Dude Food: Eatzi's

Categories: Dude Food
eatzis.jpg


Eatzi's
3403 Oak Lawn Ave.
214-526-1515

Dude Factor: 5, or Thurston Howell, III, on a scale of 1 ("Carlton Banks") to 10 ("Jed Clampett")
 

From the moment the Observer first moved to Maple and Oak Lawn in 2005, lunch runs to Eatzi's became a frequent occurrence around here, but honestly, this dude never understood it.

"Is this a weird restaurant or a shitty grocery store?" I thought to myself. "Where is the menu? Where can I find the Totino's pizza rolls? Why are all these rich people here? Why are all the parking spaces so damn small?"

Sure, the sandwich, salad and grill lines seemed cut and dried enough, but if you didn't want a sandwich, salad or $10 rotisserie chicken meal for lunch, you were relegated to the hinterlands...where I'd generally wonder among the refrigerator cases, snatching free samples and spacing out until I finally decided on something that was invariably disappointing.

Those coconut chicken tenders and Kobe beef sliders might look great sitting there in the deli case, but give them 45 seconds in a bombed-out office microwave and you'll soon wonder why you handed over a 10 spot for the experience.

Recently, however, I noticed some promising additions to the Eatzi's grill menu--namely, "a rolled house burger made with fresh ground tenderloin" and "an authentic Hoffman hot dog served on our house made pan au lait hot dog bun."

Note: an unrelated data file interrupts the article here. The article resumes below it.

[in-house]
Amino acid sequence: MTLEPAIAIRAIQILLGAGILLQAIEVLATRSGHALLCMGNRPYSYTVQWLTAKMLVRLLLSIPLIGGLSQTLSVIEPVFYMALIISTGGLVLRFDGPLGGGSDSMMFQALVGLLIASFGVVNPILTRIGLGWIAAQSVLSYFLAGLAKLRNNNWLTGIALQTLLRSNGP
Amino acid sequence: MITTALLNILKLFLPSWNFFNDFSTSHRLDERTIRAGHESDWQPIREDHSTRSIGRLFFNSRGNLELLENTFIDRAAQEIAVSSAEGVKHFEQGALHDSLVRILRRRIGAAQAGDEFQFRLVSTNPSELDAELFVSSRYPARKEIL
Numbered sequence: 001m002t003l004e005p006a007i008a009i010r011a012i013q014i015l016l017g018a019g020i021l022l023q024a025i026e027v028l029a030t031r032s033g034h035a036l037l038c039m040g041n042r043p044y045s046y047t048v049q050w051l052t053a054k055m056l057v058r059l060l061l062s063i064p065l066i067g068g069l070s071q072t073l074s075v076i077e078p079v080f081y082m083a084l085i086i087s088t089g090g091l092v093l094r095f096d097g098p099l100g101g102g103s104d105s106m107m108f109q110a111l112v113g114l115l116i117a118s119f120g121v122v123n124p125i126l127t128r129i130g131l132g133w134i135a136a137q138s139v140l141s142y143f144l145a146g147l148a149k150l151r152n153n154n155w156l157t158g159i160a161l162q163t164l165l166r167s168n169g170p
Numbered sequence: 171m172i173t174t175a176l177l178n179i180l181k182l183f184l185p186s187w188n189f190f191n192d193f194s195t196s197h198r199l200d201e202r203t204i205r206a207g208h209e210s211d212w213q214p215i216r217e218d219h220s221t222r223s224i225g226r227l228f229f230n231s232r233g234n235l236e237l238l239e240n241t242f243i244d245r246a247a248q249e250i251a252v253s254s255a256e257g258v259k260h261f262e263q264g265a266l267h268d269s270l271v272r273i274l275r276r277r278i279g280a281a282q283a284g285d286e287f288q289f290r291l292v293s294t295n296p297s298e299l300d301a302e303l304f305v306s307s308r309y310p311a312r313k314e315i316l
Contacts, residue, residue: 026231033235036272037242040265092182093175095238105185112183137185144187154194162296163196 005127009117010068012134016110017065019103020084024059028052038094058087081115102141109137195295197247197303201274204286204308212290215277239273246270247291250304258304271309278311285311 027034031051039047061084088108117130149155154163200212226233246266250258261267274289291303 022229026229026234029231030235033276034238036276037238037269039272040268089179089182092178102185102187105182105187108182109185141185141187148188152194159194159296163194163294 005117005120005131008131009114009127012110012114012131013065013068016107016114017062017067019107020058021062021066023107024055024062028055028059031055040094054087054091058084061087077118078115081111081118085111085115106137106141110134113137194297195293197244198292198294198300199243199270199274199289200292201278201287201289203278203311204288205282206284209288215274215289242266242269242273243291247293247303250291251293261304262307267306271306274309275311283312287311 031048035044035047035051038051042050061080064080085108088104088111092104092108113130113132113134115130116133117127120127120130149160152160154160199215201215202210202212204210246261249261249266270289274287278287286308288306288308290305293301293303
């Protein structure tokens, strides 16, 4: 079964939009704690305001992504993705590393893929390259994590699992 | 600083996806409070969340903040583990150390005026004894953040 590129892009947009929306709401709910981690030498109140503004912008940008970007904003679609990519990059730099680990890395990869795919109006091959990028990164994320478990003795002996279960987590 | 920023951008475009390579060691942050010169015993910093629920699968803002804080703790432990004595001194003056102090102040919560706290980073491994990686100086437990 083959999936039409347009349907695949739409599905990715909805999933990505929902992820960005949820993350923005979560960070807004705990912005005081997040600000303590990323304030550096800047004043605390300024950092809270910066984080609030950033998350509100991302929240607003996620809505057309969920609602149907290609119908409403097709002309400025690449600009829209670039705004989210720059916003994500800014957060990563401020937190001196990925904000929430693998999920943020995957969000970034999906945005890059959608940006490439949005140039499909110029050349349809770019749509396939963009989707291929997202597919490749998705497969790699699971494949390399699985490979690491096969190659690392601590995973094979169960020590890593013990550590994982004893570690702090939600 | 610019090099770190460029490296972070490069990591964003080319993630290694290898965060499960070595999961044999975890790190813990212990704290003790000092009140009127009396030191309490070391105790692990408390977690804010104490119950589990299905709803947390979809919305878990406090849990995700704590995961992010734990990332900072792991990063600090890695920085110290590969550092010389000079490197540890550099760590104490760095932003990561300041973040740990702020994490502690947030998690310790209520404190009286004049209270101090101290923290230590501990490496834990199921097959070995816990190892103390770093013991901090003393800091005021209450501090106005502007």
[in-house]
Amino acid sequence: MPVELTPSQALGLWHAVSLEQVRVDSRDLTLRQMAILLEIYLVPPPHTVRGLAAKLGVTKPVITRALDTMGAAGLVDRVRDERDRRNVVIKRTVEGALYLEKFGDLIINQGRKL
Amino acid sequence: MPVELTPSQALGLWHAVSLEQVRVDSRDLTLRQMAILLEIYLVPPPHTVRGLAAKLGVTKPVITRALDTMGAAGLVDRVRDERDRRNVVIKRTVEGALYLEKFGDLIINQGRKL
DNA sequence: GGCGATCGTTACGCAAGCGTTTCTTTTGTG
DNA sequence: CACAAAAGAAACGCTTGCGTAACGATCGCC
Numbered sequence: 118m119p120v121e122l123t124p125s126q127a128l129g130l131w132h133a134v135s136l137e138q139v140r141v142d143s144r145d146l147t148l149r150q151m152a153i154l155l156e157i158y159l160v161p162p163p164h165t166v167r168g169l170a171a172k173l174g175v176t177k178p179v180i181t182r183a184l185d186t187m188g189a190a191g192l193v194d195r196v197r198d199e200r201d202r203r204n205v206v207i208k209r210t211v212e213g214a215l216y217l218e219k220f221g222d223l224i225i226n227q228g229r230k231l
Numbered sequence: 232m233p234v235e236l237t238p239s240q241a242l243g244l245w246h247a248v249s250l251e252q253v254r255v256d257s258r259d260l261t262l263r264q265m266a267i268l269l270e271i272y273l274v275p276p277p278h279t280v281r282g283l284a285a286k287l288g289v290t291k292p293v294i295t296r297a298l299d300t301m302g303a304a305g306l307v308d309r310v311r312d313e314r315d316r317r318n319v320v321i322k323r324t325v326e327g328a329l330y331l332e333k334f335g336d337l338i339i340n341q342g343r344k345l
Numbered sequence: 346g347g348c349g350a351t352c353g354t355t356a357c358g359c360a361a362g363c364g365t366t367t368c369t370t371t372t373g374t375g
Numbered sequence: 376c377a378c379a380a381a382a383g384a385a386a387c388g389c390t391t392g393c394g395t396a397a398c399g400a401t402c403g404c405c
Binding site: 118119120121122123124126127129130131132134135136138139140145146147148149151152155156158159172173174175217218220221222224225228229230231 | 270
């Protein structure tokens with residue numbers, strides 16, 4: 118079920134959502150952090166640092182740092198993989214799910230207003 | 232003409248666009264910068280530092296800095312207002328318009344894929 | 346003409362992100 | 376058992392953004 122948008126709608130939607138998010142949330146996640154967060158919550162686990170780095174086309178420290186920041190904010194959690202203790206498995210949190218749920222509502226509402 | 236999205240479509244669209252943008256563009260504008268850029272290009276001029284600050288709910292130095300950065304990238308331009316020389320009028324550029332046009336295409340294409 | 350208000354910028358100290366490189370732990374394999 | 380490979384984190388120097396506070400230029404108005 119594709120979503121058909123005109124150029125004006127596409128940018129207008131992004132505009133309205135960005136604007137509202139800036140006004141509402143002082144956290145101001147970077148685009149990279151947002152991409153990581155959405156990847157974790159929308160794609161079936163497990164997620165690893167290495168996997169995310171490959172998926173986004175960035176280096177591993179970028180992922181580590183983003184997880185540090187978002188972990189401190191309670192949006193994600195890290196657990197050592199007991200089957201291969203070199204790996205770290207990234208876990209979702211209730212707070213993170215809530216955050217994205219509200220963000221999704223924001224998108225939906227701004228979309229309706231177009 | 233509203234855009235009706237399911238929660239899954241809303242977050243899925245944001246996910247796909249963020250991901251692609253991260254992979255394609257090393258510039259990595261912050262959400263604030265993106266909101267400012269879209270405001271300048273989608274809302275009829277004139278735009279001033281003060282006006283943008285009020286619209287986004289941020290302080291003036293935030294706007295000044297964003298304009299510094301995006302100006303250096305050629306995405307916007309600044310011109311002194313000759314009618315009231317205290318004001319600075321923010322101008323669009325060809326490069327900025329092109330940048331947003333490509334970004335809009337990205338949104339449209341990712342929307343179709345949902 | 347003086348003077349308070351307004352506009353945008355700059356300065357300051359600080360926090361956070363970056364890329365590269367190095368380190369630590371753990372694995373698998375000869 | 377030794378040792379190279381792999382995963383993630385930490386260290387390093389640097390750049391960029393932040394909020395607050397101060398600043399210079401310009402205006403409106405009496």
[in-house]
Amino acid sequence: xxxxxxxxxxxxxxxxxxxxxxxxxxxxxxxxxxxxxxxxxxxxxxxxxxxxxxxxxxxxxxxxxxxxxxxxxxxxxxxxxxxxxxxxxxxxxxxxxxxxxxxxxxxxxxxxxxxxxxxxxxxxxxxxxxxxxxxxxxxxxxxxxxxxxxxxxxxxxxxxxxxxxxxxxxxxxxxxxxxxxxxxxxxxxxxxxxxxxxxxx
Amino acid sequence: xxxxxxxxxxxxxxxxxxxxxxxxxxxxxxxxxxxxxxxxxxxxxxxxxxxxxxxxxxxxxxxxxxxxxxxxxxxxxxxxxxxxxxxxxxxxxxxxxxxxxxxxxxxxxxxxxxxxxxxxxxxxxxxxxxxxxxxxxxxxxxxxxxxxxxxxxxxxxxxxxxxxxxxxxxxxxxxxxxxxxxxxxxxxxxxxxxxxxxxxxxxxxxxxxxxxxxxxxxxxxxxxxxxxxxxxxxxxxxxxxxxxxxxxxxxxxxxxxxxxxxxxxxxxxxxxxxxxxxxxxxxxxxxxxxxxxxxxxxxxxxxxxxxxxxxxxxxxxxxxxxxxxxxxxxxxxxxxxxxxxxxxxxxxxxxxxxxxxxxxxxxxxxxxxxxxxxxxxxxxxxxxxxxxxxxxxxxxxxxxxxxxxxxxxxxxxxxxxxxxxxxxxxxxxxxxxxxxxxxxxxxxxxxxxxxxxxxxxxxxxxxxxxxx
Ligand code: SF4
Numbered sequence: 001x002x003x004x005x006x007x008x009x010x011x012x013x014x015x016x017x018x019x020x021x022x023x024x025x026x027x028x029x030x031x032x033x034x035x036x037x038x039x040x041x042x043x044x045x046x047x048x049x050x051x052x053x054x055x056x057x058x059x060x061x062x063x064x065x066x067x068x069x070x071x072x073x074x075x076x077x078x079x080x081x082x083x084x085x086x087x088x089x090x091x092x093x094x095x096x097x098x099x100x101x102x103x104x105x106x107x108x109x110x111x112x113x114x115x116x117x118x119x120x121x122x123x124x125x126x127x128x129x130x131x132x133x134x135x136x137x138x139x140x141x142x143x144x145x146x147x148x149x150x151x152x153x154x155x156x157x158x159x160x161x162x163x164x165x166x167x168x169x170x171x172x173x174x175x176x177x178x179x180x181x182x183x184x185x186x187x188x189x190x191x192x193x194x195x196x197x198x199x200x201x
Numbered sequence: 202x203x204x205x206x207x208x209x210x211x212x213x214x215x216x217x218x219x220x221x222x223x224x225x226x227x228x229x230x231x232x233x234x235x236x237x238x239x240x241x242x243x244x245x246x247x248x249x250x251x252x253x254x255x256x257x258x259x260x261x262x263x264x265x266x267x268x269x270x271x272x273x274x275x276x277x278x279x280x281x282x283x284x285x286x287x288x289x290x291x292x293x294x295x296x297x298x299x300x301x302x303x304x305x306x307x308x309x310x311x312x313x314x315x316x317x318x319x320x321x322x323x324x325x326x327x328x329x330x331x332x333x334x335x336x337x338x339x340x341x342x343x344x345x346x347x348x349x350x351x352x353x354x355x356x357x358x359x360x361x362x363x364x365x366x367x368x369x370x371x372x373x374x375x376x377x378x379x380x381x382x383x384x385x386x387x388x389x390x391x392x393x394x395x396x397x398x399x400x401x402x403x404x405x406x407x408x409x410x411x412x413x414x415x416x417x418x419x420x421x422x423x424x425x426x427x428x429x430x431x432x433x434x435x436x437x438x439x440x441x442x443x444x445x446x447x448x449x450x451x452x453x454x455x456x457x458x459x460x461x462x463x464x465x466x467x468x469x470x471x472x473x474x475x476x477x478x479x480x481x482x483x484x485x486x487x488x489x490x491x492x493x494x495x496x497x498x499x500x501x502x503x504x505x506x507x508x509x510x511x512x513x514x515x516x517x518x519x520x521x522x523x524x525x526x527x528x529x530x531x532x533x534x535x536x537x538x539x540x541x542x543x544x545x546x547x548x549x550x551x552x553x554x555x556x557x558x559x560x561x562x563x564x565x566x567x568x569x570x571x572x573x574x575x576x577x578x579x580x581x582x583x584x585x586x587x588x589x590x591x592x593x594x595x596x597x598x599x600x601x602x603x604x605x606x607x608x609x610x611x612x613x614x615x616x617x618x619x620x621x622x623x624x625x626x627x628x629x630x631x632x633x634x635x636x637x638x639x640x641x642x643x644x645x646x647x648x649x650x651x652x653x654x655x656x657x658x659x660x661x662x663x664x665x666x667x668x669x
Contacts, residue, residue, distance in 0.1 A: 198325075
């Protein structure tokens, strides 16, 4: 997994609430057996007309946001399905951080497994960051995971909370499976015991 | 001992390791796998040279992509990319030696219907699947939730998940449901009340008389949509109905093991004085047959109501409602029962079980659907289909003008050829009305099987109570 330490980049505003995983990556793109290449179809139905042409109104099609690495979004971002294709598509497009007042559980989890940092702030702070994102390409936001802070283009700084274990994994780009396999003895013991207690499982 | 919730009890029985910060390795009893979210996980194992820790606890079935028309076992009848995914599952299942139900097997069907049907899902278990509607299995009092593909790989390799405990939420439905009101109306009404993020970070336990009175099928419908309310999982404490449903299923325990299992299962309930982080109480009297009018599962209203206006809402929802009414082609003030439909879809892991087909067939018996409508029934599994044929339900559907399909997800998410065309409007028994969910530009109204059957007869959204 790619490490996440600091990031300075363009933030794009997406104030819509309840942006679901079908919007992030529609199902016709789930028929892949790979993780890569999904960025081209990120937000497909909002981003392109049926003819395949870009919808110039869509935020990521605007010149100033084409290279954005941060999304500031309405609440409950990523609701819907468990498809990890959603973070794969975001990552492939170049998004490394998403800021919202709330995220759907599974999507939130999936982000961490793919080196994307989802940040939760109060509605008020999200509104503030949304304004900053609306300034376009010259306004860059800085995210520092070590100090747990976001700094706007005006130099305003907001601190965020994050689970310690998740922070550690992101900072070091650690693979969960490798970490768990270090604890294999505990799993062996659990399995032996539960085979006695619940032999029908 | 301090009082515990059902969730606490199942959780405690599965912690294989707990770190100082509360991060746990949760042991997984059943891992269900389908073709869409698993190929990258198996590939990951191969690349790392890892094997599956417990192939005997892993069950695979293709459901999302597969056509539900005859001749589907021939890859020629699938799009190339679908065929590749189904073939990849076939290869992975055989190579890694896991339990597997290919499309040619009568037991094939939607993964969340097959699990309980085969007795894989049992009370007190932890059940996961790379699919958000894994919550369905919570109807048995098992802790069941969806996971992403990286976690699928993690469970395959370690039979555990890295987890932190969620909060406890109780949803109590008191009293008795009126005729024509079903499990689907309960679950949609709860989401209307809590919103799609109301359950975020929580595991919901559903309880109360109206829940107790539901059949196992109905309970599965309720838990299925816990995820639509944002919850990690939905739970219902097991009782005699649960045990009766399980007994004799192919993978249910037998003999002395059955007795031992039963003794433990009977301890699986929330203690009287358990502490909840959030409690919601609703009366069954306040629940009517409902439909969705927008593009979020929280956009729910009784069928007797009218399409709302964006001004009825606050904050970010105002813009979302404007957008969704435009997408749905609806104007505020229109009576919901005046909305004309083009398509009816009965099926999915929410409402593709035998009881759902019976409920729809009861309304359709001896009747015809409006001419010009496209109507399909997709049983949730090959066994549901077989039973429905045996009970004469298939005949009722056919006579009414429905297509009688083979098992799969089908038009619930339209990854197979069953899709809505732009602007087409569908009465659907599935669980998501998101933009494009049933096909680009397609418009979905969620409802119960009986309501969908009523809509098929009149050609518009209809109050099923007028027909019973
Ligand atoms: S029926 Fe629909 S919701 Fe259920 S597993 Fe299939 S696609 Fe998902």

Obviously, I had to bro up and investigate.

My associate and I arrived to find an appalling lack of the free Ba-Da-Bing sauce samples that usually constitute half of any Eatzi's lunch. But we pressed on, with my broham going for the hamburger as I defiantly ordered the hot dog--keeping one eye firmly fixed on the chef to make sure he didn't cover it in Grey Poupon or some other bullshit blueblood condiment.

Both were pleasant surprises, with the half-pound burger (topped with pepper jack) impressing a frequent Angry Dog diner and my natural casing hot dog--which despite obvious grill marks showed a doubly disturbing pinkness--asserting itself as one of Dallas' finest wiener offerings. The house made potato chips were also a hit, though the strange seasoning eluded easy classification.

I can tell you authoritatively there was something in there that wasn't salt, pepper, red pepper, garlic salt or Doritos Nacho cheese powder, though.

For $3.99 and $5.99 respectively, you can't really go wrong, unless you scratch some tool's Lexus on the way out or something. And for a dog this good, I'll take that chance.
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